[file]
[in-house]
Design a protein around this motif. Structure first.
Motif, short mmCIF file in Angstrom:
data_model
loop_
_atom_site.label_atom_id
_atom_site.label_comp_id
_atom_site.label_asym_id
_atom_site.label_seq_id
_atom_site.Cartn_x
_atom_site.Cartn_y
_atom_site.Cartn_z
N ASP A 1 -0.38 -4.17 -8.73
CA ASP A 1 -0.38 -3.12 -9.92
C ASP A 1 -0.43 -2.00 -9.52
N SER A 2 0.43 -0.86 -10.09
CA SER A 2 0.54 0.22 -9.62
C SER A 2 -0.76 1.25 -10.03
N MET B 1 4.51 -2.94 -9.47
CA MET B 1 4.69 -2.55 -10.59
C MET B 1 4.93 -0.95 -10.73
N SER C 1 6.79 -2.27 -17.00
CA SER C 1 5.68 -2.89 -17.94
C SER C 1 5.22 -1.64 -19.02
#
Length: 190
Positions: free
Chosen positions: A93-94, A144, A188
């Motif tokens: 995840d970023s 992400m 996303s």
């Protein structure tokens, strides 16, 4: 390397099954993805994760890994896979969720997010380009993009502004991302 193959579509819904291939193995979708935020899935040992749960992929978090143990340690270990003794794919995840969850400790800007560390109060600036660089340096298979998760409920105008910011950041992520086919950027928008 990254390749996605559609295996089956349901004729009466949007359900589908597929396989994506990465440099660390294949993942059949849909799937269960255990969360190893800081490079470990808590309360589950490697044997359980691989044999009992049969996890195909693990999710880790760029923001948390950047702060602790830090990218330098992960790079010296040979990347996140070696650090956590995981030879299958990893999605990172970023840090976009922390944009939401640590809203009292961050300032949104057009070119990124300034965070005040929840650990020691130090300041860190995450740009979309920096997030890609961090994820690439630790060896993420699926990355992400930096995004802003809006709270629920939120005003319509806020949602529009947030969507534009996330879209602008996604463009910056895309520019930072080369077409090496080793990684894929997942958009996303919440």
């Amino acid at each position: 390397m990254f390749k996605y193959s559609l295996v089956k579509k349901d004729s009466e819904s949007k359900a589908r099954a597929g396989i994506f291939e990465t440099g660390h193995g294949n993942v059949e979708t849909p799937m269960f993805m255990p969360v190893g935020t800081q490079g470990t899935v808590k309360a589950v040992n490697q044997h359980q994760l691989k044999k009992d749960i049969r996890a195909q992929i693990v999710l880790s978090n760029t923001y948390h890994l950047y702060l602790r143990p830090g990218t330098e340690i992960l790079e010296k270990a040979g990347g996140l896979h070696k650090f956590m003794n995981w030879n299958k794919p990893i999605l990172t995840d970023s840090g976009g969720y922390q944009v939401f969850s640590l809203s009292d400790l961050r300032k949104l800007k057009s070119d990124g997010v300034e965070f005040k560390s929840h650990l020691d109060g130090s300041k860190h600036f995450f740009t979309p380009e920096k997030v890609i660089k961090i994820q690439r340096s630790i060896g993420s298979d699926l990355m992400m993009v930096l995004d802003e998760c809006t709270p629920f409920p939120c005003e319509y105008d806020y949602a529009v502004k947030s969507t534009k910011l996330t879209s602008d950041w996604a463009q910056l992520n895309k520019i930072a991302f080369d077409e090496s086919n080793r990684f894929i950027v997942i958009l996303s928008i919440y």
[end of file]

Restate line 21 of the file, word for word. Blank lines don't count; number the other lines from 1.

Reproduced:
C MET B 1 4.93 -0.95 -10.73